There are two extremes of the UK housing market that are beyond most of our personal experiences.
The ultra-exclusive end of the market is for those London houses with AAA addresses and basements dug out into McLaren garages, pools and cinema rooms.
Top spot probably goes to a house in Rutland Gardens in Knightsbridge which is reportedly on the market at £300m.
Meanwhile, equally astonishingly, £1 (yes £1) will buy a house which “needs attention” in either Stoke or Liverpool.
Supply and demand then can clearly create a value ratio of 300,000,000 to 1.
I suspect the future inflation prospects of our two extremes may also be very different too.
A recent report from American Express on this point around differences in house prices makes relevant reading.
The report suggests places with a range of good independent shops have added an extra £40,000 to average local house prices in the past 10 years.
Furthermore, with some courage, they predict a further premium of £70,000 over the next 10 years compared to places that don’t.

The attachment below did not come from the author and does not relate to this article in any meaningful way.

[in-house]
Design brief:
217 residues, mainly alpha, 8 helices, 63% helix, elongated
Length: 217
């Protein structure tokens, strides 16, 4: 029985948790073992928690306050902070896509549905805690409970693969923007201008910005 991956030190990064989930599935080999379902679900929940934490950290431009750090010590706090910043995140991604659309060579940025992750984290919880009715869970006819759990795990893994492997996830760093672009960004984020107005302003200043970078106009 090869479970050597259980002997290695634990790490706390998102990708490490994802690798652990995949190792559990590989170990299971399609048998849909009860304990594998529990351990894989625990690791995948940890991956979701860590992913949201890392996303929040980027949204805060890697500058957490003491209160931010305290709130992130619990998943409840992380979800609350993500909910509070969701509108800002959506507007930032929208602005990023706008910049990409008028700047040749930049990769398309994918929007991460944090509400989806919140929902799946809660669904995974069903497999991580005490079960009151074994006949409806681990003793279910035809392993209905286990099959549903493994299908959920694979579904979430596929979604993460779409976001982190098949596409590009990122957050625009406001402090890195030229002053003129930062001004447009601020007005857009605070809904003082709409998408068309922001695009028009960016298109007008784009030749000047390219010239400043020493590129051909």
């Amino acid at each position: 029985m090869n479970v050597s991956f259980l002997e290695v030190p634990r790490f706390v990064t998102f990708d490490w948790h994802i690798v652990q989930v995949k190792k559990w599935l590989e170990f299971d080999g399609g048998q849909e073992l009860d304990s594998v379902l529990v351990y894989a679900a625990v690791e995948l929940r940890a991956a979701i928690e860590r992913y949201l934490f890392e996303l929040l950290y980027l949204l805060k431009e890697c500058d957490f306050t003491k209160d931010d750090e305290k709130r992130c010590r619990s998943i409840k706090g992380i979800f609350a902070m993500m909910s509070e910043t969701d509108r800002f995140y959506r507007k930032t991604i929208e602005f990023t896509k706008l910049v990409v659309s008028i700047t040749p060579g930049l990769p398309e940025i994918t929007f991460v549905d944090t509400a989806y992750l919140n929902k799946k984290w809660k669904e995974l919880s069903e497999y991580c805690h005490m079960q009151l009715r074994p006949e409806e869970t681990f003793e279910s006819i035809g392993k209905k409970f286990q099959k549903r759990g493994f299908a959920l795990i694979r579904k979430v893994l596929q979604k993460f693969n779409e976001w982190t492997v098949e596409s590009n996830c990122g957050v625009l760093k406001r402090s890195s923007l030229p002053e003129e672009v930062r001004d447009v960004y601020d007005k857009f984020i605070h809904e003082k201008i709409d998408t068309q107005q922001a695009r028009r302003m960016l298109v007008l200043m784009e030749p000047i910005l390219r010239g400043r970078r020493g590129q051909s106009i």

The shops that the report says are associated with this gap are bakers, butchers, fishmongers and greengrocers. This feels right but it’s hard to disentangle cause and effect here.
Independent shops need regular support from customers with above-average spending power.
Customers like to live where “proper” shops add to the street scene and offer great service, not necessarily the lowest price.
Forgive me; I have gone on about the difference between price and value too often. But independent shops only do well with regular support from customers with above-average spending power.
So the good independent shop thrives where that sort of customer likes to live.
So is it the independent shops that cause the house price rises or the other way around?
“Who cares?” is probably the only sensible response, as the effect is both ways.
So long as this happy relationship continues the positive feedback should continue. But what if the circle breaks?
If support for good independent shops dwindles, those shops will disappear.
If they do, the American Express report predicts house prices will be affected.
Maybe browsing locally and buying elsewhere is not such a smart way to save money?
Column by Mark Robinson. Mr Robinson is the chief executive of Market Harborough Building Society.